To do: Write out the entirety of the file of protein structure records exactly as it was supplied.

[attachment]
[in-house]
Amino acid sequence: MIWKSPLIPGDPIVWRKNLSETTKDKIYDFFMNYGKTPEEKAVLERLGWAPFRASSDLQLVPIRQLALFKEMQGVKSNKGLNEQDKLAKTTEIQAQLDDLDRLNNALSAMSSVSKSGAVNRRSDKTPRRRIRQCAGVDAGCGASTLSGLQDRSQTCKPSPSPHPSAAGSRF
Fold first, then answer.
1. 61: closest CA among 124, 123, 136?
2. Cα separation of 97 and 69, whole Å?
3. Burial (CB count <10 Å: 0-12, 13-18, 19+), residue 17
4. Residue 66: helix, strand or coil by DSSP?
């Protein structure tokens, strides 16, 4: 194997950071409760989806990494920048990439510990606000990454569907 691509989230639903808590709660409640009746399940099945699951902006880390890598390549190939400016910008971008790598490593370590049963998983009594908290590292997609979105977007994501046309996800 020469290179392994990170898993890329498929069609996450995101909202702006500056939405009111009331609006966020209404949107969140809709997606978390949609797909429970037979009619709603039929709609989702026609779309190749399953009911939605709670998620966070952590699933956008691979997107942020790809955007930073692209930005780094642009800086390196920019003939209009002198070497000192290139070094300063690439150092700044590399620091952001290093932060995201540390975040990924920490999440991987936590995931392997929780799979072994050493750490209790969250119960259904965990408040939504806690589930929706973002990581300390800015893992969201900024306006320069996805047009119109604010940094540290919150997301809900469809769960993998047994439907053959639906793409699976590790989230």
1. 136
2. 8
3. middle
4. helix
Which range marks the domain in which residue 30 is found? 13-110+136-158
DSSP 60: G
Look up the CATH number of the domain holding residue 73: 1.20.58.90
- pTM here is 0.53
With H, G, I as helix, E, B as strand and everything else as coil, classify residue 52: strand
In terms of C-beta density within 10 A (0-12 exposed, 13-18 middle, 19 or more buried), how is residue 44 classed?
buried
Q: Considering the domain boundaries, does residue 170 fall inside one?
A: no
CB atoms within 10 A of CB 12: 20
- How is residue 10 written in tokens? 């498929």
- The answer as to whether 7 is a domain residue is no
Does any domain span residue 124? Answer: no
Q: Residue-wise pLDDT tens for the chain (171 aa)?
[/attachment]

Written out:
[in-house]
Amino acid sequence: MIWKSPLIPGDPIVWRKNLSETTKDKIYDFFMNYGKTPEEKAVLERLGWAPFRASSDLQLVPIRQLALFKEMQGVKSNKGLNEQDKLAKTTEIQAQLDDLDRLNNALSAMSSVSKSGAVNRRSDKTPRRRIRQCAGVDAGCGASTLSGLQDRSQTCKPSPSPHPSAAGSRF
Fold first, then answer.
1. 61: closest CA among 124, 123, 136?
2. Cα separation of 97 and 69, whole Å?
3. Burial (CB count <10 Å: 0-12, 13-18, 19+), residue 17
4. Residue 66: helix, strand or coil by DSSP?
């Protein structure tokens, strides 16, 4: 194997950071409760989806990494920048990439510990606000990454569907 691509989230639903808590709660409640009746399940099945699951902006880390890598390549190939400016910008971008790598490593370590049963998983009594908290590292997609979105977007994501046309996800 020469290179392994990170898993890329498929069609996450995101909202702006500056939405009111009331609006966020209404949107969140809709997606978390949609797909429970037979009619709603039929709609989702026609779309190749399953009911939605709670998620966070952590699933956008691979997107942020790809955007930073692209930005780094642009800086390196920019003939209009002198070497000192290139070094300063690439150092700044590399620091952001290093932060995201540390975040990924920490999440991987936590995931392997929780799979072994050493750490209790969250119960259904965990408040939504806690589930929706973002990581300390800015893992969201900024306006320069996805047009119109604010940094540290919150997301809900469809769960993998047994439907053959639906793409699976590790989230």
1. 136
2. 8
3. middle
4. helix
Which range marks the domain in which residue 30 is found? 13-110+136-158
DSSP 60: G
Look up the CATH number of the domain holding residue 73: 1.20.58.90
- pTM here is 0.53
With H, G, I as helix, E, B as strand and everything else as coil, classify residue 52: strand
In terms of C-beta density within 10 A (0-12 exposed, 13-18 middle, 19 or more buried), how is residue 44 classed?
buried
Q: Considering the domain boundaries, does residue 170 fall inside one?
A: no
CB atoms within 10 A of CB 12: 20
- How is residue 10 written in tokens? 């498929």
- The answer as to whether 7 is a domain residue is no
Does any domain span residue 124? Answer: no
Q: Residue-wise pLDDT tens for the chain (171 aa)?